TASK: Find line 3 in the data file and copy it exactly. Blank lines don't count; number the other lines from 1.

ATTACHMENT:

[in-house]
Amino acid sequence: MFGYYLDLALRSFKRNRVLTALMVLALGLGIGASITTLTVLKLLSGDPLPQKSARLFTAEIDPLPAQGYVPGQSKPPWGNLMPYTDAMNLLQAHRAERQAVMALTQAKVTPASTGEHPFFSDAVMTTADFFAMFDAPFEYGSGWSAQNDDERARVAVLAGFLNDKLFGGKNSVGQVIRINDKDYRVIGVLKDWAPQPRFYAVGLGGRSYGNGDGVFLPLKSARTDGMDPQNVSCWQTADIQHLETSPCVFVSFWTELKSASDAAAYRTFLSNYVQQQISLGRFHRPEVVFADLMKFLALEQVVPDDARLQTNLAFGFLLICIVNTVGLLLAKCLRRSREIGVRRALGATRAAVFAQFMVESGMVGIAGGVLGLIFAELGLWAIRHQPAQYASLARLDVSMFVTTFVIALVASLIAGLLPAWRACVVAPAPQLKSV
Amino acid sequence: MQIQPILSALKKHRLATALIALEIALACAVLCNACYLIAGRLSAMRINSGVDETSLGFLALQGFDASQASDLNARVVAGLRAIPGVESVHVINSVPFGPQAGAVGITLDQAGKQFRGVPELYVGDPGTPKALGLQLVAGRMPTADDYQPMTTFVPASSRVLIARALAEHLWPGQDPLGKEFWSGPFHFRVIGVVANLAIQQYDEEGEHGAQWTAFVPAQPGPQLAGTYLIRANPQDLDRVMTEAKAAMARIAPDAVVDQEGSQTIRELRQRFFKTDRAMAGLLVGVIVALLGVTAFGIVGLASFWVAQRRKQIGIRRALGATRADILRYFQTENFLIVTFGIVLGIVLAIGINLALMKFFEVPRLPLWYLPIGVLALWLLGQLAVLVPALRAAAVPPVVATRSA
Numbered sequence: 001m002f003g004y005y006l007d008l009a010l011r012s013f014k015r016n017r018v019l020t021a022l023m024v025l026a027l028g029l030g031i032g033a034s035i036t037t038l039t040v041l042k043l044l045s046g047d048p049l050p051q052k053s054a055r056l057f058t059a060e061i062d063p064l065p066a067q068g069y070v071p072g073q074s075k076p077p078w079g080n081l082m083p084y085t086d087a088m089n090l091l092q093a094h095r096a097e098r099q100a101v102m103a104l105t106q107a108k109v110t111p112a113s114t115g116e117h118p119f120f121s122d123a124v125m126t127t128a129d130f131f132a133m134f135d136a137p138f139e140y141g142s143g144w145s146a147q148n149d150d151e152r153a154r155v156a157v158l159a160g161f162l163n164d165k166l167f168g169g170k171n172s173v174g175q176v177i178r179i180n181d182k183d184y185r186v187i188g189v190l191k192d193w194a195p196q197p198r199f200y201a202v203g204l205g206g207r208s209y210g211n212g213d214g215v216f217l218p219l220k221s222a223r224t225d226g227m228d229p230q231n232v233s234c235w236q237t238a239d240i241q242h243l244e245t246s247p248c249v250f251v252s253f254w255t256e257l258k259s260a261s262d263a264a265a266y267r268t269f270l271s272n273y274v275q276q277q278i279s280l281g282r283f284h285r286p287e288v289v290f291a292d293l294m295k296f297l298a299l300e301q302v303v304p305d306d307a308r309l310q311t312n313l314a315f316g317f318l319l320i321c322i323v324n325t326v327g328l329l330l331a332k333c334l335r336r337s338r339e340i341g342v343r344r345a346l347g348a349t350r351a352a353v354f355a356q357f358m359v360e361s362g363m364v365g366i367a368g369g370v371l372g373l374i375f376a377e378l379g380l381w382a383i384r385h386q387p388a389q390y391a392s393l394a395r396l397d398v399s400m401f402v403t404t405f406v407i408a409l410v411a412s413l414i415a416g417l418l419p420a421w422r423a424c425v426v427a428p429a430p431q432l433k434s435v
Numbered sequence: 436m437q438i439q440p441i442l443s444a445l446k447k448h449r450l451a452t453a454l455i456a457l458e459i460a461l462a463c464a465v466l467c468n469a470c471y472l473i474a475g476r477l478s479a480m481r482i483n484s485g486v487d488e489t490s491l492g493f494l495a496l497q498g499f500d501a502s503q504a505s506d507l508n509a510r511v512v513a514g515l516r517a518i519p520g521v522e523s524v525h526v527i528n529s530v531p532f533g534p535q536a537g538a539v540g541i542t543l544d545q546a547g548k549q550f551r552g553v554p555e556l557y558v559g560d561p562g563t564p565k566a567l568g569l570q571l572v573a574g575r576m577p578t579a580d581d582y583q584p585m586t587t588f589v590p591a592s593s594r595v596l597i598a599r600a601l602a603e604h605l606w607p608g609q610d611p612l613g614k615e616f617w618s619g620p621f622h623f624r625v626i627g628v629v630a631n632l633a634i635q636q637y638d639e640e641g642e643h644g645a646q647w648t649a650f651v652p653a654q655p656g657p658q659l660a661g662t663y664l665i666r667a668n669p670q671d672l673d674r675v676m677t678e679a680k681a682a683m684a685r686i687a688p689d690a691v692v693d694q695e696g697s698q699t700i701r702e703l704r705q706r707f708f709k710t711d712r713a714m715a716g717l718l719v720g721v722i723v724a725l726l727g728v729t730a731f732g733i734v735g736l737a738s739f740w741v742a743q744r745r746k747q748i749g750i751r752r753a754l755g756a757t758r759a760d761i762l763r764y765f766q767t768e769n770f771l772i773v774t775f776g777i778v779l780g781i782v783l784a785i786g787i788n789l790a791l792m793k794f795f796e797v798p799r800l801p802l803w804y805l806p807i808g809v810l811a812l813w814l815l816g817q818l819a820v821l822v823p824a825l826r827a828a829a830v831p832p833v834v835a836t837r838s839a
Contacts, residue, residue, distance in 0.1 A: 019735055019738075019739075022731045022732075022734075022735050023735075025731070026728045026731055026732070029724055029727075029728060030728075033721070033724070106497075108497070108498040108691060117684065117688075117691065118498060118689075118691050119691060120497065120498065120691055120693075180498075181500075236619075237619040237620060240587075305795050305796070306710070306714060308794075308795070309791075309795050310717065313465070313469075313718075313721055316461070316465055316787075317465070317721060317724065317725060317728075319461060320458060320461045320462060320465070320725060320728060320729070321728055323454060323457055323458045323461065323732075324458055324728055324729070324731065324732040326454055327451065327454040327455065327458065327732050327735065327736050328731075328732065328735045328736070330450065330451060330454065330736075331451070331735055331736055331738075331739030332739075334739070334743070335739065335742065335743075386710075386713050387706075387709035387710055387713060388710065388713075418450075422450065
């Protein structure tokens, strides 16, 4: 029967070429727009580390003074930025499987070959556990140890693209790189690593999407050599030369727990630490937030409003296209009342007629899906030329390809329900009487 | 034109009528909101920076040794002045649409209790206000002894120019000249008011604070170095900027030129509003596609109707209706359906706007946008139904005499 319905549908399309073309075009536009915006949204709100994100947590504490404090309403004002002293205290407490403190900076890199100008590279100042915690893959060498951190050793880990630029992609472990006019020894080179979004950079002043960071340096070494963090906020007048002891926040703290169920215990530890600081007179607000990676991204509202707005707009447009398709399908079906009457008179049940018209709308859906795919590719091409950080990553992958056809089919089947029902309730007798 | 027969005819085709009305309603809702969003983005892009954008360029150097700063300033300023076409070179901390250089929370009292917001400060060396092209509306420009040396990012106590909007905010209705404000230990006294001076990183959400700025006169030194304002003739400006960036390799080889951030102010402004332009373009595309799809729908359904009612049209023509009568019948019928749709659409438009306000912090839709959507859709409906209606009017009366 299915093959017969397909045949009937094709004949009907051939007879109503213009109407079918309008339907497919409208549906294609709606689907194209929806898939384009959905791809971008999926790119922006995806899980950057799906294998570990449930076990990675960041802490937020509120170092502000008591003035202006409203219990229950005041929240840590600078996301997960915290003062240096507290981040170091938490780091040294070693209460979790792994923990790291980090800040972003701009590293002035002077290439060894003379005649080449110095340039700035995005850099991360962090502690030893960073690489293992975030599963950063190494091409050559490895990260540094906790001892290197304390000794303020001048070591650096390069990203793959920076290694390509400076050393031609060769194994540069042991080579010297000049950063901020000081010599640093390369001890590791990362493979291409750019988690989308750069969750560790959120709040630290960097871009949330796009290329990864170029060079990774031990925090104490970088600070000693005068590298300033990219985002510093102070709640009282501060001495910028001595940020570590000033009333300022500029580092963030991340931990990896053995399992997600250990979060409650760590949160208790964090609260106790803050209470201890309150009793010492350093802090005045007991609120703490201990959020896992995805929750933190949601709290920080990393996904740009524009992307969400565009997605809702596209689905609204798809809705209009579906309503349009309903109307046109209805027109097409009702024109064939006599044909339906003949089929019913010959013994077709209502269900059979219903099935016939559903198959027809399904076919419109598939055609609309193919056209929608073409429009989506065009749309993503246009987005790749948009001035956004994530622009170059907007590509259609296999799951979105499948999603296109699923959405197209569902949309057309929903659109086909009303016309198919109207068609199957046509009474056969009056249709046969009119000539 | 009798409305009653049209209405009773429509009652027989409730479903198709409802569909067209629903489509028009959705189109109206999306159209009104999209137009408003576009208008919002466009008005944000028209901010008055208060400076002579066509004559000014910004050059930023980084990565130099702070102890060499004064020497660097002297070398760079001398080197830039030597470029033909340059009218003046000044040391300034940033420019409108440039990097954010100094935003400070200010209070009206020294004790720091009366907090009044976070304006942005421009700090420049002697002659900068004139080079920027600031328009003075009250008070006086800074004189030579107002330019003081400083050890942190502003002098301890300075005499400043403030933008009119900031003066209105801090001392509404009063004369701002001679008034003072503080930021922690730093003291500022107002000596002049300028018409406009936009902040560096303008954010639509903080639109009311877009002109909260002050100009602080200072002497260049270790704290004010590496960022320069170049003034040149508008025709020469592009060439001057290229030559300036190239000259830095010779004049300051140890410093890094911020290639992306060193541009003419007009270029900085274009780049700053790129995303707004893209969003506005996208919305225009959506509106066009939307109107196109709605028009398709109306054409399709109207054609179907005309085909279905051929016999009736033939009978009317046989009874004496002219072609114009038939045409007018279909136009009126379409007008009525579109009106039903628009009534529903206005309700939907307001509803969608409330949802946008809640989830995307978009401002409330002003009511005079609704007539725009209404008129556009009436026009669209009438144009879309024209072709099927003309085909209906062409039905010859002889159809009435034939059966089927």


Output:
Amino acid sequence: MQIQPILSALKKHRLATALIALEIALACAVLCNACYLIAGRLSAMRINSGVDETSLGFLALQGFDASQASDLNARVVAGLRAIPGVESVHVINSVPFGPQAGAVGITLDQAGKQFRGVPELYVGDPGTPKALGLQLVAGRMPTADDYQPMTTFVPASSRVLIARALAEHLWPGQDPLGKEFWSGPFHFRVIGVVANLAIQQYDEEGEHGAQWTAFVPAQPGPQLAGTYLIRANPQDLDRVMTEAKAAMARIAPDAVVDQEGSQTIRELRQRFFKTDRAMAGLLVGVIVALLGVTAFGIVGLASFWVAQRRKQIGIRRALGATRADILRYFQTENFLIVTFGIVLGIVLAIGINLALMKFFEVPRLPLWYLPIGVLALWLLGQLAVLVPALRAAAVPPVVATRSA